Sticks & Stitches: When Accidents Happen

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I just had to go and tempt fate.

Last week I wrote about why I let my kids try risky things, about how if they do get it hurt, it’s always doing normal kid stuff … like walking.

 “I’m probably pressing my luck here, but he’s never been injured beyond a minor scratch or bruise from climbing, riding his bike on dirt trails, jumping ramps or skateboarding.”

Total rookie move … because guess where we ended up days later?  In the Emergency Room.

Eli was playing with another kid and walked behind him as he was swinging a rather hefty stick.  It caught him right in the mouth.  He needed a couple of stitches on his lip and a few more on the inside of his mouth.

The kid is such a trooper.  He cried when it happened, of course.  It was scary – I’m sure it hurt like hell and there was a lot of blood.  But once we got him calmed down and made our way to the hospital, he never cried once.  He barely flinched when they gave him the numbing shots.  Not a peep when the doctor stitched him up, other than saying “Ow” a couple of times.   I want to cry just thinking about it.

I’m not trying to be melodramatic, as I know that far more terrible things happen to children.  Stitches and broken arms are a rite of passage for many, many kids.  But it is the most serious injury either of my kids have ever experienced.  And as the writer of a blog that is centered around letting kids play freely, while knowing and accepting the inherent risks such play presents, I feel like I can’t write authenticly if I don’t let you know that the experience definitely rattled me.

I got a clear glimpse as to why a parent would choose to say “no” instead of “yes.”  I have every urge to watch Eli like a hawk from now on.  I want to cover him in bubble wrap.  I want to protect him from ever having to experience any kind of pain again.  His wound is on the outside and visible.  My wound – that I didn’t do my job as a parent and keep him safe – is open and festering just below the surface.  I know it sounds a little ridiculous, but for the first time I understand the emotions and fear that can very easily turn a parent into one that chooses to helicopter over their children.

The truth is, it could’ve happened any time.  Why do we love our neighborhood so much?  Because of the trees and the kids.  Trees make sticks and kids are going to play with them (though we didn’t let the opportunity pass to talk about playing with sticks safely).  It could’ve happened on one of their many bike races they hold in the cul-de-sac.  It could’ve happened during one of their many impromptu games of street hockey or kickball.  Childhood is chock full of near misses and terrible things that could have happened.  And sometimes accidents do happen.  But in between those near and not-so-near misses is the kind of fun that childhood memories are made of.

While I will continue to be passionate about play, I also recognize that we will need a period of healing, both physically and mentally.  I am going to hover a bit, until both of us feel better.  I’m realizing that it’s okay, and that perhaps instead of immediately judging those parents who are a little more hesitant than the rest of us, we could find out why.   What’s happened to their kids in the past, or to them as children?  What are they afraid of?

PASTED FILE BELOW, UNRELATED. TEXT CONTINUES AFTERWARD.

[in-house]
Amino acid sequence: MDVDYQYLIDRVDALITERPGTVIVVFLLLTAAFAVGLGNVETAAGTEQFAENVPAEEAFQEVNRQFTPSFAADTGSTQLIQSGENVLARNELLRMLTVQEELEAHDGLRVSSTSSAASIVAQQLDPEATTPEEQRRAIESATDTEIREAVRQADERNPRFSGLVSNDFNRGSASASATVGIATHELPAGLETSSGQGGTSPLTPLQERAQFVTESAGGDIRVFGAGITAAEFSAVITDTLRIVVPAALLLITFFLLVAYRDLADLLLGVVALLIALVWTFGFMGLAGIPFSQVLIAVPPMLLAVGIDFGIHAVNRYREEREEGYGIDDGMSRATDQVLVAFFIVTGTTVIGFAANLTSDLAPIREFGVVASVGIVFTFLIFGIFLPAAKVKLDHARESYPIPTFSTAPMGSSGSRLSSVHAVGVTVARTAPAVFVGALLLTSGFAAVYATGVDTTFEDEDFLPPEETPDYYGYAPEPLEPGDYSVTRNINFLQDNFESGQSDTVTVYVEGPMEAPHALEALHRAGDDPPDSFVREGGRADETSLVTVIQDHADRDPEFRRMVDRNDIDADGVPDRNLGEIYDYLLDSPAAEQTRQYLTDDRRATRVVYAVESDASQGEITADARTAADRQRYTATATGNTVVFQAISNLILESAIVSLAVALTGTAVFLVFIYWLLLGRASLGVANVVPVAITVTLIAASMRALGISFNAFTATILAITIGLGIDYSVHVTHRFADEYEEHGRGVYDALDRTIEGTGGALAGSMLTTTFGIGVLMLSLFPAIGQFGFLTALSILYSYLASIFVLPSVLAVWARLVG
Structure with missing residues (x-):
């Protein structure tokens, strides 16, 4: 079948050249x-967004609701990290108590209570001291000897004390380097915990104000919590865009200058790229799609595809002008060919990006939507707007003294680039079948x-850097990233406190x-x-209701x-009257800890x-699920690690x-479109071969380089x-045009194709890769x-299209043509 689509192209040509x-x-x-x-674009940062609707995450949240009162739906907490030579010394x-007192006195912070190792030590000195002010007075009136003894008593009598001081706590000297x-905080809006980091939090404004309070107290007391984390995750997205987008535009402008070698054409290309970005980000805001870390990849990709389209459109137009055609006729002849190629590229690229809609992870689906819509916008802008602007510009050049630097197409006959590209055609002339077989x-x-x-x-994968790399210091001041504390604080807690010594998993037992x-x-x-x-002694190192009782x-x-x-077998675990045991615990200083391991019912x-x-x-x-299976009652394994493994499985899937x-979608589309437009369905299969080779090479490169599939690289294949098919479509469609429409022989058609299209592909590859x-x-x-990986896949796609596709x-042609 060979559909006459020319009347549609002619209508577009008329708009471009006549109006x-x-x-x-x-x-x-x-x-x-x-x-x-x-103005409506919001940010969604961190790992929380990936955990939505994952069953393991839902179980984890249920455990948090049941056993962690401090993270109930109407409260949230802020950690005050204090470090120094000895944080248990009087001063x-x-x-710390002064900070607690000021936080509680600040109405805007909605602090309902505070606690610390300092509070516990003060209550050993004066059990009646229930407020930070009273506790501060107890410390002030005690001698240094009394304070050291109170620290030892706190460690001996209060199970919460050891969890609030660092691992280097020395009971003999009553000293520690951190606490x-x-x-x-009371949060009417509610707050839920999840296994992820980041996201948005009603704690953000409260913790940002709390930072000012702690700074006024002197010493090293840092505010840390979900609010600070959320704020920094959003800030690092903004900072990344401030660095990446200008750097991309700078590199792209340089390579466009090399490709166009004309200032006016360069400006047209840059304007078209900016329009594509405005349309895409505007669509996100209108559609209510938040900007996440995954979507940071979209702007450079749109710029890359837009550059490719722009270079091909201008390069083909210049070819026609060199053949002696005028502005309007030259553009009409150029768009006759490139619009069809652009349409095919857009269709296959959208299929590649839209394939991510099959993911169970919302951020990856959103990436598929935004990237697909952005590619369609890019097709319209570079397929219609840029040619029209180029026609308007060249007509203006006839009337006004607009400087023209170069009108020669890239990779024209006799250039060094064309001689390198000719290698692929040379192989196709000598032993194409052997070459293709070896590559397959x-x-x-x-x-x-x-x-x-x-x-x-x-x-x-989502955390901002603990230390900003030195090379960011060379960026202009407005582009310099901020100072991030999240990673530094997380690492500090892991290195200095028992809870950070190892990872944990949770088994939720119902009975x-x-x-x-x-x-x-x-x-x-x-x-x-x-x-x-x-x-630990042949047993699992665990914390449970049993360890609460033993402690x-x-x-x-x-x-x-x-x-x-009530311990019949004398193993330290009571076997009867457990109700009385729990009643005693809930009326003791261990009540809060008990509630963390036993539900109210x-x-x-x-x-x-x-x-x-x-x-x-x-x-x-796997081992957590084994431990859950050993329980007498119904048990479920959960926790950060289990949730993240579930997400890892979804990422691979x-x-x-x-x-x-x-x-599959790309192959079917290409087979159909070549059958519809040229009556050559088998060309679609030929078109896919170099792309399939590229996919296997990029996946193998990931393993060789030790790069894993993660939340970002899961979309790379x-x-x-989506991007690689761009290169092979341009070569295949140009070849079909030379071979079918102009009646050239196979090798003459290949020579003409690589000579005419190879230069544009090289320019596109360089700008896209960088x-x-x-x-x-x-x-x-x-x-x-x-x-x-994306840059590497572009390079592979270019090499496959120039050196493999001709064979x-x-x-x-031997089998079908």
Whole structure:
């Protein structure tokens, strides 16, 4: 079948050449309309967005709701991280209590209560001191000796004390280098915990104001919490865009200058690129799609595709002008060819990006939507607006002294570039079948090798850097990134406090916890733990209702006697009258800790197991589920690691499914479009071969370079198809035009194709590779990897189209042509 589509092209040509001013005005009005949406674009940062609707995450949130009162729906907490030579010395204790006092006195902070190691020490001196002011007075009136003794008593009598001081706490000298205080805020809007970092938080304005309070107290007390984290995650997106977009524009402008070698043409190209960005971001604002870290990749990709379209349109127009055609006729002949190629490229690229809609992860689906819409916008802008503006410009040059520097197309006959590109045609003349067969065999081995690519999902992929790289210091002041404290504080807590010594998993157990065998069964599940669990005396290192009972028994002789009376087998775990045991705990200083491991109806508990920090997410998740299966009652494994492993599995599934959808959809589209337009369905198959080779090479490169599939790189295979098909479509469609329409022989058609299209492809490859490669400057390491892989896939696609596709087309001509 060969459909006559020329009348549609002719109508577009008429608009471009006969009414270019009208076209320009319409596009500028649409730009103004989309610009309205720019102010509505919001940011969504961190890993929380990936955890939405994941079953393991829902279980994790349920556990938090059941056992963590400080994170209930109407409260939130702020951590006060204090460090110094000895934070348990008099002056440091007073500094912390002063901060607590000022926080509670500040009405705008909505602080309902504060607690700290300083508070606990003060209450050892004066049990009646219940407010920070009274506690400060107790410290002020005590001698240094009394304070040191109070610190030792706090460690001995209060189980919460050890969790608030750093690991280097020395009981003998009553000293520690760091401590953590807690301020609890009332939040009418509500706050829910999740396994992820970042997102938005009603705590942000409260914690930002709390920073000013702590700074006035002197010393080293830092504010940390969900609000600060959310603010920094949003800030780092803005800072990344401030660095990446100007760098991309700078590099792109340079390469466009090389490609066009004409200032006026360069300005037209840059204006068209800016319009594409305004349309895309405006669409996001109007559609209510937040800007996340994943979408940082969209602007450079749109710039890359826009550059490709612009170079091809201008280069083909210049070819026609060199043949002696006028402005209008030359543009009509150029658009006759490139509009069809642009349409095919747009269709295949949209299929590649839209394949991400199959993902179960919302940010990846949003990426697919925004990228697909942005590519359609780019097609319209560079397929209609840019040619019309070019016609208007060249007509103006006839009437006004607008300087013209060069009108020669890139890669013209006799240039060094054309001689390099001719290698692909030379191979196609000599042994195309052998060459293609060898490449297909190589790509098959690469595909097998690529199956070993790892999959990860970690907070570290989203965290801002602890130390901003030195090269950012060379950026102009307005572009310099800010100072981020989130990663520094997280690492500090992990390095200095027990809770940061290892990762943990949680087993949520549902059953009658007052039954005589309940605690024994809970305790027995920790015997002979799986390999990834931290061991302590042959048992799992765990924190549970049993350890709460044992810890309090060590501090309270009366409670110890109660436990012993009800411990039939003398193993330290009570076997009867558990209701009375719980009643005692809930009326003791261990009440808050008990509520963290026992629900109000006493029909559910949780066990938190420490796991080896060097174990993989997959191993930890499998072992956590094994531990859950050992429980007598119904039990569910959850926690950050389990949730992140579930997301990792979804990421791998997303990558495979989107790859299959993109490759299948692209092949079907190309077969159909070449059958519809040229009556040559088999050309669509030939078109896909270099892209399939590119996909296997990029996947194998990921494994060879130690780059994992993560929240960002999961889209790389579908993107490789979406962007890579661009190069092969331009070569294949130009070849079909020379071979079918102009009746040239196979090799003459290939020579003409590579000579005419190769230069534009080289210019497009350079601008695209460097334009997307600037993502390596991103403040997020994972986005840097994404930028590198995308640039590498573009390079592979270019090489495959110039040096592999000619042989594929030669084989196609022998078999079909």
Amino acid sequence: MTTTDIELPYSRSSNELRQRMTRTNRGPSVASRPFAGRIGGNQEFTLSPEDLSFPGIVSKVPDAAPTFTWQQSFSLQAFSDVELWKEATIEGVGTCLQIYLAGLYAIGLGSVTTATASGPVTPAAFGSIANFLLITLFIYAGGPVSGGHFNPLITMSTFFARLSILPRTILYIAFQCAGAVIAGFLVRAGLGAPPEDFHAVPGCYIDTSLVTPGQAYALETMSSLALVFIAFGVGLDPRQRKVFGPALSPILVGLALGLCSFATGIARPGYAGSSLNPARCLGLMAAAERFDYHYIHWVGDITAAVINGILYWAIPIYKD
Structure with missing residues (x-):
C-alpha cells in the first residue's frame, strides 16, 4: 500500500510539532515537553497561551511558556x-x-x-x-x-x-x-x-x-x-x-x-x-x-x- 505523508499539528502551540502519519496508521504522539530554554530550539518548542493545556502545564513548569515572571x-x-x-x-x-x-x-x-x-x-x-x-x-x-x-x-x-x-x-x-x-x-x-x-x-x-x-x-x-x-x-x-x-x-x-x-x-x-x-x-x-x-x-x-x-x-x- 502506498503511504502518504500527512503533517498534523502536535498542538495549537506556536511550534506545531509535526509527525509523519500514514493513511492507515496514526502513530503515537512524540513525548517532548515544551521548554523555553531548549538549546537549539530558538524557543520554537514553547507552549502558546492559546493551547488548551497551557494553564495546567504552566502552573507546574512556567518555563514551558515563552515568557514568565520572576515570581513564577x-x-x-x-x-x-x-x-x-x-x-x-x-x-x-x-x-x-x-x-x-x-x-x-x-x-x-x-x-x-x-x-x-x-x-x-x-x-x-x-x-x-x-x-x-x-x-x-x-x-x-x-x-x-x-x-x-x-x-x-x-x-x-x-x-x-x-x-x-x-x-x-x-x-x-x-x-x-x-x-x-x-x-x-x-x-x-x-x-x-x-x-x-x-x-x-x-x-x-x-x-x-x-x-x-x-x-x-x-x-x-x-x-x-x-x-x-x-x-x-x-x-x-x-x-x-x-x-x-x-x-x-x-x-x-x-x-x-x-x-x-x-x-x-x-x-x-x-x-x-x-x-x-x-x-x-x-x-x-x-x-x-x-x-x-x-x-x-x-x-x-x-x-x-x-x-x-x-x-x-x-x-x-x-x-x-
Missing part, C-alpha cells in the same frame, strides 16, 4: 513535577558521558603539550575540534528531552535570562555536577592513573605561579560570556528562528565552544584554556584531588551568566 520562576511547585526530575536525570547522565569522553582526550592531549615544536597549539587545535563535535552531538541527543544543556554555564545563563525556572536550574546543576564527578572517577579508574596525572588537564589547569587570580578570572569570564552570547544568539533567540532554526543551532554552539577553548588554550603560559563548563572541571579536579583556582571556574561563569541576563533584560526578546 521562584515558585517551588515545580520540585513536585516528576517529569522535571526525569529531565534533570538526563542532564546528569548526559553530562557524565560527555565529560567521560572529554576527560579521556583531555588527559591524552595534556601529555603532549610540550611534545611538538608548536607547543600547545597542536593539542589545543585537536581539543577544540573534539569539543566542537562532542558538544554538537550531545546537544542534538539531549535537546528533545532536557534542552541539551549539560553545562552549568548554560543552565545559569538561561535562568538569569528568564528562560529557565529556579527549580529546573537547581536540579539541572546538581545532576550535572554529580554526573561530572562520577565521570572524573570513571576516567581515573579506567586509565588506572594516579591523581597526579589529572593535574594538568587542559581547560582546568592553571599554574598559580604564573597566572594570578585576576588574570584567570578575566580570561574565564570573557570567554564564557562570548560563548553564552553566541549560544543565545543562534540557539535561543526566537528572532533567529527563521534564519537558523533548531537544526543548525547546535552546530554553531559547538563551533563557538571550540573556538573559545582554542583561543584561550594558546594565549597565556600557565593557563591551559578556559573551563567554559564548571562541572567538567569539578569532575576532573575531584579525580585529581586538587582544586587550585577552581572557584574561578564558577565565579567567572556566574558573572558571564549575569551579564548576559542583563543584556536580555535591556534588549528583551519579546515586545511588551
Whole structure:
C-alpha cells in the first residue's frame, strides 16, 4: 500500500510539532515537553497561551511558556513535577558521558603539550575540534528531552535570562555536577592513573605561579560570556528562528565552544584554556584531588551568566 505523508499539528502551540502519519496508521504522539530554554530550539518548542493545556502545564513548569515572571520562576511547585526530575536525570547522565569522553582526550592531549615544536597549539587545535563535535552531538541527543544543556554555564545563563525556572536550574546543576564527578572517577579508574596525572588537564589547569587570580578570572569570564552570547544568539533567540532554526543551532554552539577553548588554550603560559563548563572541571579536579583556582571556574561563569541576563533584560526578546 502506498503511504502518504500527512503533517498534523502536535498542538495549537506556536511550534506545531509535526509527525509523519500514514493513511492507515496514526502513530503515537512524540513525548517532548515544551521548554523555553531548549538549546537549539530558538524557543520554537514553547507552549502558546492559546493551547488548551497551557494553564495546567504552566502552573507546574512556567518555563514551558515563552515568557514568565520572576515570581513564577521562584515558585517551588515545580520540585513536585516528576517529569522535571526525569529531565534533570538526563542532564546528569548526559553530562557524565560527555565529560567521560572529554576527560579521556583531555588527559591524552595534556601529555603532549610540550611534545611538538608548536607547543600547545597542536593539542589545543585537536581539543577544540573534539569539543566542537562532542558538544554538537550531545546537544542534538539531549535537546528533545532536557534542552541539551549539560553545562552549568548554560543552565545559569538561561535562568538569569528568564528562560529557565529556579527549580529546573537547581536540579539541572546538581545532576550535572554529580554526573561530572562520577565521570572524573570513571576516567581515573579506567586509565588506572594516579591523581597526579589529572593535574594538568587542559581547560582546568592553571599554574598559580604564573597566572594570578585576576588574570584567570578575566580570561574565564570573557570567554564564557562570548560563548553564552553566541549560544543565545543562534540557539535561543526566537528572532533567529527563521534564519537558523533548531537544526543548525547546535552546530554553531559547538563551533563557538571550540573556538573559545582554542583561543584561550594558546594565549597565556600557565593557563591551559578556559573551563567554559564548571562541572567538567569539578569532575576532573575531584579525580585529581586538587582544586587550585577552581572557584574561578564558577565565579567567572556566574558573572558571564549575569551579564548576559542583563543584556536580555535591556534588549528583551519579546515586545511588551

I’m reminded of the weeks after I had my knee surgery.  I’d never been injured, never had surgery, and I was scared.  Scared to put weight on it for the first time.  Scared to go down the stairs.  Scared to go back to work.  Scared to exercise.  Finally my physical therapist told me that I could choose to spend the rest of my life treating it gingerly and it would probably never be the same again.  Or I could choose to work it – strengthen the muscles, do the rehab, build it back up to where it was before – and it would be just as good or even better than it was before surgery.  It was a leap of faith, but I chose the latter.  A year and a half later I don’t even think about my knee most days.  I exercise, I move heavy pallets at work, I run around with my kids and I’m never anxious about it.  But it took a lot of time and many, many baby steps to get there.

It will be like that with Eli, I think.  We are both shell-shocked and a little scared.  It will take time to move past the fear of accidents that are lurking around every childhood corner.  I can spend the rest of my days as a parent being afraid of what’s around the corner, or I can choose to walk past those fears and enjoy the good things around the corner.  You know us well by know, and know that we’ll choose the latter.

We’ll just need some time to build up our speed again.




  1. Sharing pain and fear is an act of love that will be remembered long after the injury is lost to time.

  2. Great blog – the injuries are part of the experience, like it or not. And so is the chance for healing and nurturing and extra concern and monitoring. I think you hit lots of the essential in your post. Thanks!

    • Thanks, Jeff. The experience was definitely a reminder to me that if I’m going to be comfortable asking other families to play passionately, I have to be just as willing to accept the risks … and sometimes the injuries.


  1. […] will probably take me a little longer, though!  I wrote about the accident in more detail over at The Risky Kids, including my fierce desire to wrap him in bubble wrap and follow him around wherever he […]